Tuesday, June 7, 2011

Lost in Translation, Gone to Market

As a company working with many suppliers around the world, we've had our fair share of communication/language issues.  This is most evident when we work with people whose natural language is not English.  (Of course, they probably feel the same way, except that now, we do not know Chinese, Japanese, Korean, German, Spanish, etc.)  Initial site visits to suppliers (especially in China) is a common prerequisite, not just to improve communication, but also to assuage fears and ascertain quality and capability.  The most practical means of communication with global contacts is through emails and chat.  But because of that, body language is lost in translation.  And when we deal with state-of-the-art or very technical products, even computerized translations are hard-pressed to deal with all the myriad jargon in the water product industry.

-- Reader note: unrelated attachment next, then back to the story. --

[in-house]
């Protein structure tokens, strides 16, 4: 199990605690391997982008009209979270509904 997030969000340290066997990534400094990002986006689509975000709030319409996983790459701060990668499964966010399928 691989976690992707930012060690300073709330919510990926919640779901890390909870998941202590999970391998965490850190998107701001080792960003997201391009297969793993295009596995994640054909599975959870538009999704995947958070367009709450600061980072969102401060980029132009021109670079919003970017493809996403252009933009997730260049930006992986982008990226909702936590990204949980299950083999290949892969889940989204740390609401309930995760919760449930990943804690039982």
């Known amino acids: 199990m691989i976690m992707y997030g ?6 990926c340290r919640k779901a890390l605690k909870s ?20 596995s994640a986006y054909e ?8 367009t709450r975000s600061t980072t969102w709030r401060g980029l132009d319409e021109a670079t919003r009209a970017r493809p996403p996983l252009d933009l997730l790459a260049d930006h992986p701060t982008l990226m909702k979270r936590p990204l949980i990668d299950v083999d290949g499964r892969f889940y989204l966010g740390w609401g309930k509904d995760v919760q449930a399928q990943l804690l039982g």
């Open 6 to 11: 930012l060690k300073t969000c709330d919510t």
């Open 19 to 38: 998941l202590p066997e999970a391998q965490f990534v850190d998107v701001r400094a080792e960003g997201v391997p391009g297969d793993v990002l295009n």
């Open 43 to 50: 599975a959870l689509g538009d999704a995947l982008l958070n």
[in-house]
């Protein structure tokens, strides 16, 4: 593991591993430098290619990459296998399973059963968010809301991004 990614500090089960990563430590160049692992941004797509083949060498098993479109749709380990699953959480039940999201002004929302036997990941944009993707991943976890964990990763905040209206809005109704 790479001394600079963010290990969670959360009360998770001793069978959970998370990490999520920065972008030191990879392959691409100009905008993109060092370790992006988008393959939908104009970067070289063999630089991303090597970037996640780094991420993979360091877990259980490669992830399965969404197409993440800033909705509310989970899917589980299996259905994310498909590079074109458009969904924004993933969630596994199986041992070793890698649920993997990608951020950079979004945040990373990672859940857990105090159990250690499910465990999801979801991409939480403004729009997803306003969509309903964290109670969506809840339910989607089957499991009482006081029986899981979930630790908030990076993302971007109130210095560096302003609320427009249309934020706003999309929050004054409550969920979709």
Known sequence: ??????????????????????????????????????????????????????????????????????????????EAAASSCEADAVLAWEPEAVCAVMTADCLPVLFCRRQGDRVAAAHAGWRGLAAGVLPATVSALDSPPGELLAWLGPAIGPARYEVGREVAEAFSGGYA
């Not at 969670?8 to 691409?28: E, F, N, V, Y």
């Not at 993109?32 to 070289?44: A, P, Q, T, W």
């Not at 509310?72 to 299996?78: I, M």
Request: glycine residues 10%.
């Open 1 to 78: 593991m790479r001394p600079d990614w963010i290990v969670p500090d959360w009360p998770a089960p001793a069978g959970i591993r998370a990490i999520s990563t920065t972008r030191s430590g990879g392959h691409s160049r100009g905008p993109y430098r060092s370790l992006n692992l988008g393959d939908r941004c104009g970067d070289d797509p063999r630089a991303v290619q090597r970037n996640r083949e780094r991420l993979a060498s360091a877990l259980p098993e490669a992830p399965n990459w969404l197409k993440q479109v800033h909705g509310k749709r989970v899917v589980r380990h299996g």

As we adapt ourselves to the ever-changing market landscape in the Philippines, we have to do market analyses and feasibility studies for new products we wish to bring to the country.  We have to answer the following questions:  1)  Do we understand the product we're selling; 2)  Do we have a market to sell here; 3) Is the market worth it?  4)  What is the time to market?  5)  What about support and warranty, if needed?